Starting with the most difficult part has three main advantages. The most important concerns the management of design constraints. On a blank sheet of paper, the constraints we face are minimal, but each design decision imposes new restrictions. By starting with the most difficult task, we ensure that we’ll face the fewest possible constraints and therefore have the maximum freedom to tackle it. When we then work on the easier parts, the existing constraints are less restraining and can even give us helpful guidance.
For instance, when I designed the search data structure in a bottom-up fashion, I realized that choosing the UTF-8 variable-length character encoding had significant advantages in terms of space and time efficiency. Had I started my work top-down by specifying an API that mandated the use of wide characters, I might have needlessly constrained my choice of the data structure. In contrast, when designing the Web front end, having various ill-fitting pieces of functionality would make it more difficult to assemble them into an efficient whole. So in that case, top-down design was appropriate.
The second advantage is the early shrinking of the project’s cone of uncertainty. Any development project involves elements that we don’t know at the beginning and discover as we progress. By putting the most difficult (and consequently risky) part quickly behind us, we rapidly minimize the project’s unknowns and can therefore make more informed and intelligent decisions regarding budget, progress, staffing, and functionality.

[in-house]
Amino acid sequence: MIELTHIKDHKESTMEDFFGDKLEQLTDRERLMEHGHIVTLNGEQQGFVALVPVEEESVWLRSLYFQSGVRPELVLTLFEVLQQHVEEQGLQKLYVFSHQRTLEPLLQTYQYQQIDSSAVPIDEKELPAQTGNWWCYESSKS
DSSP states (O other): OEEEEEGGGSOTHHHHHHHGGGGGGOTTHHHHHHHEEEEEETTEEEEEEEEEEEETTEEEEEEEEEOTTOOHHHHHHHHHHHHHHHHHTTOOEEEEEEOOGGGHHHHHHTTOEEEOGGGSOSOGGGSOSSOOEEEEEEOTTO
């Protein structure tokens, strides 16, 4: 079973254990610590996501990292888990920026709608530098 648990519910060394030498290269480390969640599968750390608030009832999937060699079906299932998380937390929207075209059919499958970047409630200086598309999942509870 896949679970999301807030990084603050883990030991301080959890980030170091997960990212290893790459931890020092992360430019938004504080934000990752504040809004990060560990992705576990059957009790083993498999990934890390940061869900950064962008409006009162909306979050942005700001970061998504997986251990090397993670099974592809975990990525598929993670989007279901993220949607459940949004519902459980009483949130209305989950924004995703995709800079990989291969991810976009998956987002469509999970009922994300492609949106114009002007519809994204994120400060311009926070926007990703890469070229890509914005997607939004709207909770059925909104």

The final advantage has to do with human nature. At a project’s beginning, we have the highest levels of enthusiasm and motivation; at later stages we can expect some disillusionment and even burnout. By starting with the most difficult part, we ensure that we undertake it with a positive can-do attitude rather than a defeatist spirit. We can even apply this principle on a smaller scale by scheduling difficult work early in the day when the mind is clear and distractions are minimal. Plan boring meetings where they belong: at the end of the day.